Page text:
Proenza Schouler’s Jack McCollough and Lazaro Hernandez

WWD: Please sum up the state of American fashion today.

Jack McCollough and Lazaro Hernandez: American fashion definitely seems to be undergoing a big shift. People are trying to figure out what’s next. The younger generation of American designers seems to have also fractured, each going our own way, doing what feels right for each of us. Everyone seems to be trying to come up with ways to modernize the sometimes archaic system of fashion, whether that be see-now-buy-now, showing during pre-collection markets, which are when the bulk of sales actually occur on a wholesale level, and most importantly, how to reach the consumers directly, bypassing traditional media and retailers. It’s a complex question, and everyone is trying to do it their own way.

WWD: How does current American fashion compare with that of Paris, Milan and London?

J.M. and L.H.: The obvious answer is that the bigger European houses are owned by multibillion-dollar conglomerates. Designers seem to be free to focus on the creative side of things, whereas in the U.S., most designers own their own brands and are focused on building them independently without the synergies or financial capabilities of their European counterparts. This makes cutting through the noise all the more difficult in terms of opening retail locations, investing in communication tools, etc. Competing with the noise created by the merry-go-round of designer appointments backed by significant financial clout seems to get more difficult by the minute. For us, the answer has been to focus on what we do well and expand on that, tuning out the outside noise. There’s something to be said about being an independent brand still; the question now lies in finding a system in the U.S. that feels more modern and more closely aligned with the needs of a rapidly evolving, digitally focused world, perhaps even breaking with the European model altogether and finding a more entrepreneurial model.

WWD: Is the American fashion industry set up to compete and succeed at the luxury level?

J.M. and L.H.: “What does luxury mean today?” is the real question. When the most revered of European fashion houses makes the bulk of their sales on T-shirts, denim and sneakers, it begs the question of what does luxury really mean in today’s world. It definitely doesn’t have the same definition it once had. We believe it is more about “brand” these days than anything else. Within that, you can have traditional, true luxury product, but you could also have T-shirts and sneakers and the like. There is room for both in a modern fashion brand. Of course, you will always have the classic luxury brands doing what they do and doing it well. But a more modern approach, to us at least, is creating a brand that stands for something, means something, and out of that you can create a myriad of product categories that reflect those values, whether it be crocodile handbags or everyday sneakers. This big mix is what feels modern to us. The world is definitely moving, permanently we believe, in a more casual direction, and we as a brand have to respond to that and create vital product that fulfills those needs, imbuing it the entire time with the values that our brand stands for. This, to us, is a real opportunity for American brands as we don’t have to rely solely on the traditional spirit of European savior faire to make our mark. Supreme is a good example of what one can do here in America. They have almost single-handedly influenced an entire generation of fashion and are themselves, even though not a traditionally “luxury” brand, considered “fashion,” which these days seems to mean more.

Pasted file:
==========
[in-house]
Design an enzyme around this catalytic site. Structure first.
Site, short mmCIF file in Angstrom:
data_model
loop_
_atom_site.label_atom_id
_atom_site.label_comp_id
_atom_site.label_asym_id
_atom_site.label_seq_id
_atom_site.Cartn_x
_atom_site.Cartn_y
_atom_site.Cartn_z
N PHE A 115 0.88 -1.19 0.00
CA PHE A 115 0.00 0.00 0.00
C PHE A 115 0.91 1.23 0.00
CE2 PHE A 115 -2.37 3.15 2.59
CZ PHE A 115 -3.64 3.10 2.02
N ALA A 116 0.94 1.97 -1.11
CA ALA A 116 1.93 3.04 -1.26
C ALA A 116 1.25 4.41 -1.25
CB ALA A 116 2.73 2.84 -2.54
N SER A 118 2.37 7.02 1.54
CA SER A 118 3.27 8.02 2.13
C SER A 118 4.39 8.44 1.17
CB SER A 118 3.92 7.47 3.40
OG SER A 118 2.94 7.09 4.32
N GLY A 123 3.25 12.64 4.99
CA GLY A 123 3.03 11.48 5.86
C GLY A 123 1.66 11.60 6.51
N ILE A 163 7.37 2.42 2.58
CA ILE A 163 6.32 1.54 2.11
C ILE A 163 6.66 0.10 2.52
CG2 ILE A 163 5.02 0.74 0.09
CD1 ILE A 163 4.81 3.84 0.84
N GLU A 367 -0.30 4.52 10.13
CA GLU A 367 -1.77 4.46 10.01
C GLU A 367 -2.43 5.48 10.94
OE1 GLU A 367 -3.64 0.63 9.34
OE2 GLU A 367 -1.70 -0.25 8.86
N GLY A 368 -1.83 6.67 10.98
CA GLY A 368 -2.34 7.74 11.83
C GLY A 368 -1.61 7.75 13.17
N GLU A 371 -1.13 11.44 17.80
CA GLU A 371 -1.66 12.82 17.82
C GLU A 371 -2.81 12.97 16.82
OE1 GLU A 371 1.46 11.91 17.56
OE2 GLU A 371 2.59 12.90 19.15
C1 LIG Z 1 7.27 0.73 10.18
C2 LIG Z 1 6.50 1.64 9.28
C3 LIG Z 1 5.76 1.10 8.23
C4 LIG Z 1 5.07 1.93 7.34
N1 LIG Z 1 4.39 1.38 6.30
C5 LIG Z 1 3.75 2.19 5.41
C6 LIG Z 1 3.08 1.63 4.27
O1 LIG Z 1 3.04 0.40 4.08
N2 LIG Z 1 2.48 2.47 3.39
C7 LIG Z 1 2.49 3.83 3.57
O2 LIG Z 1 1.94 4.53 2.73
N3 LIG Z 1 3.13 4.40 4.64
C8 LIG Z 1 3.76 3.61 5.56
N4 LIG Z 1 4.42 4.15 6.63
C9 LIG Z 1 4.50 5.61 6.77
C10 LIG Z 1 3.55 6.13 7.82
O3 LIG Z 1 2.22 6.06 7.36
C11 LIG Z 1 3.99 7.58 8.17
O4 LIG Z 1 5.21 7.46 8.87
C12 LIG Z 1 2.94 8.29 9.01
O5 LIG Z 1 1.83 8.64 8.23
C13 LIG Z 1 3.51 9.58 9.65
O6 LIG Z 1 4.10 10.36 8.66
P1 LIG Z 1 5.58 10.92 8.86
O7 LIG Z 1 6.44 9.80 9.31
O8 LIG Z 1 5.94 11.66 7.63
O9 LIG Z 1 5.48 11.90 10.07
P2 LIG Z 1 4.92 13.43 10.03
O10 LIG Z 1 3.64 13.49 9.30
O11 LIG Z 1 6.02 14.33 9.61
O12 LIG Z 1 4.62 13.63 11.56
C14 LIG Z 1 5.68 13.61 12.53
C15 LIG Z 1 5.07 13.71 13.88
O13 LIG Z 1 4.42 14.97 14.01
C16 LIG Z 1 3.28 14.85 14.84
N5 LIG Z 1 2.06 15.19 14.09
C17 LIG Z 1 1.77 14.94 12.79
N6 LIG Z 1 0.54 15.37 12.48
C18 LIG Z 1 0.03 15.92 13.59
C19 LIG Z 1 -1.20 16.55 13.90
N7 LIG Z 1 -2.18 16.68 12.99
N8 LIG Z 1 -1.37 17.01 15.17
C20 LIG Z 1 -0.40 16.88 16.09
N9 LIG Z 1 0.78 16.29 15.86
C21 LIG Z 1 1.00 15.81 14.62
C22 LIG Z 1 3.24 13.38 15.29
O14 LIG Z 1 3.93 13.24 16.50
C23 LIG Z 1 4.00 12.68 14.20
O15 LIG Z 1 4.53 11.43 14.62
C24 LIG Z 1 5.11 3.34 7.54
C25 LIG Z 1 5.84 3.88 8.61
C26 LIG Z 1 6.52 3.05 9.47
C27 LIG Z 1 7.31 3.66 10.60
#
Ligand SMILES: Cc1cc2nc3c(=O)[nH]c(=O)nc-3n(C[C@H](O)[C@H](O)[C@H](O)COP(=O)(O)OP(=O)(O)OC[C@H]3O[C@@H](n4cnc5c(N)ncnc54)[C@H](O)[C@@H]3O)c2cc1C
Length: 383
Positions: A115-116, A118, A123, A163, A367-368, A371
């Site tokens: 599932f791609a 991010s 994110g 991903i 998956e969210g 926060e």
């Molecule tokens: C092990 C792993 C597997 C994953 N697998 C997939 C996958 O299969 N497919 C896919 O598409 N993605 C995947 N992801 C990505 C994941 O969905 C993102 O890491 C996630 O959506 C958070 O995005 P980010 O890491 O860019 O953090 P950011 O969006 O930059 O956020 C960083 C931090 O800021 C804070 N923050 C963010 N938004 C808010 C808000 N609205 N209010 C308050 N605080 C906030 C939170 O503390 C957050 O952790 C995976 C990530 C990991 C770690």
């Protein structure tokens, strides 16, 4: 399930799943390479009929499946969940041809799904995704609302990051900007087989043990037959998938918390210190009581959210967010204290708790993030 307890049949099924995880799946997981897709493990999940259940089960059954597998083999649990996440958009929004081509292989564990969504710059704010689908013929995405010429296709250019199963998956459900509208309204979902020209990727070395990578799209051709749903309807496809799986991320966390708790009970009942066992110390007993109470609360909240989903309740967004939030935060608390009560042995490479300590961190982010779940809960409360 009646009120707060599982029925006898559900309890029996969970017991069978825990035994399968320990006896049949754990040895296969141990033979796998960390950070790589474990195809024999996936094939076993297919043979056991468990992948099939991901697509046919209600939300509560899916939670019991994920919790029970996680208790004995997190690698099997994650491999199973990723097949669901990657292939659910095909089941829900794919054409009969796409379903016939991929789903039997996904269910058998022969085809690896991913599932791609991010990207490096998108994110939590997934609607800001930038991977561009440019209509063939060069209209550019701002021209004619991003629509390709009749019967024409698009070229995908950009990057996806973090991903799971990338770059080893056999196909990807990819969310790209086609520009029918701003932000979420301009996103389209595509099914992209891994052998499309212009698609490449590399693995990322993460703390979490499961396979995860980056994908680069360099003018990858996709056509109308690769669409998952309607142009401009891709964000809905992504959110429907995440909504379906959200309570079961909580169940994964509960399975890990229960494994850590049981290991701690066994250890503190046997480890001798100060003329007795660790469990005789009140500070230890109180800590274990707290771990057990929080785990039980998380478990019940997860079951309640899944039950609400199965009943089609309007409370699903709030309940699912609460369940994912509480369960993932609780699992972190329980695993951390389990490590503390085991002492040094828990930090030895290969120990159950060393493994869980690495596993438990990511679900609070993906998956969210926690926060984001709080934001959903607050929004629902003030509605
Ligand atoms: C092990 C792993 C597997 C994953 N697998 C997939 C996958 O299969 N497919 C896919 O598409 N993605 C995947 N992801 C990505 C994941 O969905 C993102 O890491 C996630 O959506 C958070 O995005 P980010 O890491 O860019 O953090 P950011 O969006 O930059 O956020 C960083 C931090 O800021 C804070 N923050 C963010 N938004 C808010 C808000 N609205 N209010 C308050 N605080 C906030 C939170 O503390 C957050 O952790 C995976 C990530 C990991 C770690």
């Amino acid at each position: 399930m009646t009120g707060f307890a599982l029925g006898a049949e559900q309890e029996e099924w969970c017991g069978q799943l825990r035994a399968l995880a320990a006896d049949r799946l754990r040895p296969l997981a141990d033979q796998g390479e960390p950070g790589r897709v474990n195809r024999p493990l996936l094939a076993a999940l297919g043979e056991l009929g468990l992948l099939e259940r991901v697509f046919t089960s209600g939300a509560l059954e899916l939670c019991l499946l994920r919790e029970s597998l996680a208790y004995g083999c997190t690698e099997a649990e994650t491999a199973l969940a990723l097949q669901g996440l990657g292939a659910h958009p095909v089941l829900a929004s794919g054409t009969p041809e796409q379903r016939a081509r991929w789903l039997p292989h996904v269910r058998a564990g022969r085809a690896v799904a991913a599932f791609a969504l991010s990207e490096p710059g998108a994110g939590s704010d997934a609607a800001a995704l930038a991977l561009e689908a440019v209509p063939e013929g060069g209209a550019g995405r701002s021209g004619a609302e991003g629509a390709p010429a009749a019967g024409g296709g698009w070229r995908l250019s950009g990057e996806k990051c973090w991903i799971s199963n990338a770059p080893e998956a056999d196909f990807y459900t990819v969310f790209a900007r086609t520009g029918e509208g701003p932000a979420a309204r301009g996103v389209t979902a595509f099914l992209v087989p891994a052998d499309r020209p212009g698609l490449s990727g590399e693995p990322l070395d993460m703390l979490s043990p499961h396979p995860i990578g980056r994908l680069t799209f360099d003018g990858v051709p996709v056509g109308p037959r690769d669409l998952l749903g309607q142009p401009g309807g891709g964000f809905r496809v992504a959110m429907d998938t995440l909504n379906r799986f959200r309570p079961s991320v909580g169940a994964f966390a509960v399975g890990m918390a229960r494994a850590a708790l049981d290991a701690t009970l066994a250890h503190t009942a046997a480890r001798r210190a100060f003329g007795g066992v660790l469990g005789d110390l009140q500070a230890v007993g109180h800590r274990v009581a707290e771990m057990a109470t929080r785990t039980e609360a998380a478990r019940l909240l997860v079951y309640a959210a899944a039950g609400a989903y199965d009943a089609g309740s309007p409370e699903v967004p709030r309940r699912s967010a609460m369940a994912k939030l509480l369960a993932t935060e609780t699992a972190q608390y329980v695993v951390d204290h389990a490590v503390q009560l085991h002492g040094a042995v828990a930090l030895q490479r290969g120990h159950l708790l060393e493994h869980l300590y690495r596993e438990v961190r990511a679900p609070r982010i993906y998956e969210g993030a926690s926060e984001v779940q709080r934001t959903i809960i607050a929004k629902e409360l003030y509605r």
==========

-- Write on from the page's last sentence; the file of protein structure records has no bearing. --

WWD: Is this a good time to be a U.S.-based designer/brand?

J.M. and L.H.: It’s never about a good time versus a bad time. To us, it’s about a good idea versus a bad idea. Does it connect with the zeitgeist or does it not? It’s definitely not a time to play the fashion game in the same way the big European houses do. That will surely lead to failure as you simply can’t compete with those kinds of resources. It’s about finding your own independent path and doing it your own way. The digitally native American companies popping up are a good example of this.

WWD: Is creativity impacted by geography?

J.M. and L.H.: We would have to say no. So much creative culture is being exported from the U.S. There’s no reason fashion shouldn’t be a part of that. Hollywood and American musicians dominate the global conversation and so there’s no reason to believe that the same couldn’t be said of fashion if the right set of conditions would allow for that, and if we were to create a new system that trumps the archaic one most American houses are currently engaged with.

WWD: Do American designers and brands do enough together to strengthen the industry and/or the perception of the industry here?

J.M. and L.H.: Definitely, I think that we are stronger together. And perhaps instead of competing with each other, if we were to act as a kind of conglomerate, finding synergistic opportunities amongst ourselves, like brands under the umbrella of big European conglomerates do, big things could happen.

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